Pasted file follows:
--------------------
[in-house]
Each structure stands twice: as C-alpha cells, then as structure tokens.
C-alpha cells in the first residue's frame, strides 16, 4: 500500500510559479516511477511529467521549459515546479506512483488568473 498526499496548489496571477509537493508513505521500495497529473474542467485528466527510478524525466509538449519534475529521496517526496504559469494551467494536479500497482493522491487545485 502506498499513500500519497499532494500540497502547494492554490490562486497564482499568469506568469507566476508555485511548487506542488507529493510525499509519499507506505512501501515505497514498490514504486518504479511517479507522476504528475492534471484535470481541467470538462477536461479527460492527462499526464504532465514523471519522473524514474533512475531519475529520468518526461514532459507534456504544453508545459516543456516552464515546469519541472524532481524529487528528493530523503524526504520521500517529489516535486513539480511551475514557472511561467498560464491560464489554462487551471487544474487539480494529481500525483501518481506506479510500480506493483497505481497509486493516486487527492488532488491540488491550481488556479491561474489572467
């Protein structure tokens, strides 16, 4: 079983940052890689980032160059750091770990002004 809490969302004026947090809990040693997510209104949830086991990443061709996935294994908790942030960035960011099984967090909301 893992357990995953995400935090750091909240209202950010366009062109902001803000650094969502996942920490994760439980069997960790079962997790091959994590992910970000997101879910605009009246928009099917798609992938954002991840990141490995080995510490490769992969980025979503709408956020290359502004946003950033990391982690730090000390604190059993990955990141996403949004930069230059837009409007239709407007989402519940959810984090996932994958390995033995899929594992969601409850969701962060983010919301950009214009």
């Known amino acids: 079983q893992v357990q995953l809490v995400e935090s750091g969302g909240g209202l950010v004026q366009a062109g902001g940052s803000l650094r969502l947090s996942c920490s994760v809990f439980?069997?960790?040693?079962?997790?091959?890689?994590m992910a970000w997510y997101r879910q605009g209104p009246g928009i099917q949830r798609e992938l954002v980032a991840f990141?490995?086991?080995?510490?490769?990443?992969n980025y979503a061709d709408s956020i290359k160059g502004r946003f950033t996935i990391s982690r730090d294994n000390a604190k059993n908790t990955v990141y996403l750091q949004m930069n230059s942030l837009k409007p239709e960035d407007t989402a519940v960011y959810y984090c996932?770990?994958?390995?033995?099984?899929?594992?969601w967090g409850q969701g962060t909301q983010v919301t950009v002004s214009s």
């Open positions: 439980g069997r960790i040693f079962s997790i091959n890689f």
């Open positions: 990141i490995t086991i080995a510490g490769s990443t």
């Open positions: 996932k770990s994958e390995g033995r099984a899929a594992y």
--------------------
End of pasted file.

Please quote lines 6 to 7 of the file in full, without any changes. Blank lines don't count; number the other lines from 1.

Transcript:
């Open positions: 439980g069997r960790i040693f079962s997790i091959n890689f």
């Open positions: 990141i490995t086991i080995a510490g490769s990443t």